Wall Street Faults Rules on Writedowns
Critics say accounting rules exaggerate losses, hinder market
By Jim O'Neill,  Newser User
Posted Mar 1, 2008 12:09 PM CST
A building of the UBS bank in Zurich, Switzerland.   (Associated Press)
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(Newser) – After months of staggering writedowns battering Wall Street, some investors and executives are charging that accounting rules are exaggerating losses and triggering slumps like yesterday’s 315-point plunge in the Dow, reports the Wall Street Journal.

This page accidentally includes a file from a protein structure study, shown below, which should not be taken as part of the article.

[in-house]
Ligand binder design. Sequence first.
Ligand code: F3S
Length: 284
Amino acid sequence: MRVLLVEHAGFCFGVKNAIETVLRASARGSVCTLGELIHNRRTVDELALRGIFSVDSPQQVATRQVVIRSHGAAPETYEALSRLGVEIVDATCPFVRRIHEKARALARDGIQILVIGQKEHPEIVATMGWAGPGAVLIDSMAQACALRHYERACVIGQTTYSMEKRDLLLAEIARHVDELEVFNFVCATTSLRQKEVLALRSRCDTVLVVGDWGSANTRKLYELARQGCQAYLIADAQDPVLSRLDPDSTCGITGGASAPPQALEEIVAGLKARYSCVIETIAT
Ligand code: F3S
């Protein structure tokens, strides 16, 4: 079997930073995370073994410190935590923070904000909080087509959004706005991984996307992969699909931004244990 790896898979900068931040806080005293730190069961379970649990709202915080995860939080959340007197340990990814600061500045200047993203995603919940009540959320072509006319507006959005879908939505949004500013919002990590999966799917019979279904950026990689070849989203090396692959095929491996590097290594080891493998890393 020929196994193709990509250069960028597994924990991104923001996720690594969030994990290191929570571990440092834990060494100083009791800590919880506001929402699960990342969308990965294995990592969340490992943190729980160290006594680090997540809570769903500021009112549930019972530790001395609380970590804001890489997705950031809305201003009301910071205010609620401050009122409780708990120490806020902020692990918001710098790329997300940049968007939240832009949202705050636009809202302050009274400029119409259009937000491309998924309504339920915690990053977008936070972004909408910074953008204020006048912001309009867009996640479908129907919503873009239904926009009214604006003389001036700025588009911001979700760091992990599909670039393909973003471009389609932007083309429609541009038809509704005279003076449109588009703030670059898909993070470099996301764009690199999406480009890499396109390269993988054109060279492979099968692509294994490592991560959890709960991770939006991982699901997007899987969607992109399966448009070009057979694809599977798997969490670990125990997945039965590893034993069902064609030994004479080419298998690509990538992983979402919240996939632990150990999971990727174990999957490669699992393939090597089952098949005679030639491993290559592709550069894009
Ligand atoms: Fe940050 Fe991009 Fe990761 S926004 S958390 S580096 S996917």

Rules requiring companies to value holdings at current market rates, no matter how volatile, have a domino effect, they say: "The market falls, forcing banks to take write-offs, pushing the market lower, causing more write-offs," the Journal writes.

Investors want a change, but even Fed Chairman Ben Bernanke is at a loss as to what to do: "I don't know how to fix it," he told Congress Thursday. Pricing models that don't use market values were discredited after Enron used them to book phantom profits. Execs counter that  firms won't suffer the full losses they've been forced to book, as they hold investments until the markets recover from the current panic. AIG’s announced $11.1 billion writedown, which triggered yesterday's sell-off, may never actually result in a true charge to the company, the CEO said yesterday.